Eating “clean” is all about avoiding foods with additives, preservatives or other chemicals on the label. Considering the numerous studies linking certain foods with health ailments, clean eating makes sense, right?
While it may seem well intentioned, Ruth MacDonald and Ruth Litchfield, professors of food science and human nutrition at Iowa State University, warn of the consequences in terms of food waste, safety and cost. Clean food advocates suggest avoiding foods with ingredients you cannot pronounce. MacDonald says several food manufacturers, restaurants and grocery stores have responded by removing additives to fit the definition of clean.
The ISU professors say just because an ingredient or additive has an unfamiliar name does not automatically make it bad for you. The decision to remove additives appears to be driven more by market demand than consideration of the benefits these additives provide and the potential food safety risk, they said. Removing nitrates from deli meats and hot dogs is just one example.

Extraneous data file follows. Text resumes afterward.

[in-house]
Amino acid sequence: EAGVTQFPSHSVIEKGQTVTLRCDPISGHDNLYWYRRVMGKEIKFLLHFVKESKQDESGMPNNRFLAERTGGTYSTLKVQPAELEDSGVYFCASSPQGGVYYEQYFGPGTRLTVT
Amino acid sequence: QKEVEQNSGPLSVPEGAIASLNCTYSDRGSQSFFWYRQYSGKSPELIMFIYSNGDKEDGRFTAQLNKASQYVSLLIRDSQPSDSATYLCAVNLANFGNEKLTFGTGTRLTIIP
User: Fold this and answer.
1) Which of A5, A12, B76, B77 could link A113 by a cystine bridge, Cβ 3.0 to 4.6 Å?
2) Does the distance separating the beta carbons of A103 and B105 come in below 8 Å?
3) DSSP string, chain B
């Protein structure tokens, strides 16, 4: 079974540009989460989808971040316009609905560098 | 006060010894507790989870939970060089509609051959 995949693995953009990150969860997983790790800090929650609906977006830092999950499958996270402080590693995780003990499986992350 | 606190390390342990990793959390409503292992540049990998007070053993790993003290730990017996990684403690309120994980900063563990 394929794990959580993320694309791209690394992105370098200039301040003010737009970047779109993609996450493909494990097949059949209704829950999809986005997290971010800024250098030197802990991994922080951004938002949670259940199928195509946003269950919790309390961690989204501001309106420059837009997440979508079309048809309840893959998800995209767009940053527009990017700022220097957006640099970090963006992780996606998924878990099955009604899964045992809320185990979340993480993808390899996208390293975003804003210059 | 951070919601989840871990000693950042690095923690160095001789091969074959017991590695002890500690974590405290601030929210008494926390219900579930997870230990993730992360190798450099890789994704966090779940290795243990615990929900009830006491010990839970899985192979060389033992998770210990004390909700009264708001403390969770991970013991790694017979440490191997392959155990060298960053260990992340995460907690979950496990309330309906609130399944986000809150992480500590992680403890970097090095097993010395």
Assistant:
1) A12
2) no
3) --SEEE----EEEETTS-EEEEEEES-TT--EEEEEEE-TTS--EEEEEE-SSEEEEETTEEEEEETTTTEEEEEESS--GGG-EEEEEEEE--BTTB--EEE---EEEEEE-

MacDonald, who has spent more than 25 years investigating links between diet and cancer, says nitrates play a necessary role in preventing the growth of Clostridium botulinum, a deadly bacterium that causes food poisoning.
Therefore, completely removing nitrates would be problematic. MacDonald says food labels boasting “no nitrates” are typically referring to the synthetic version. If the package says “naturally cured” or “uncured” it likely includes celery juice — a natural source of nitrates — as an ingredient. The nitrates in celery juice are not chemically different from synthetic forms, she said.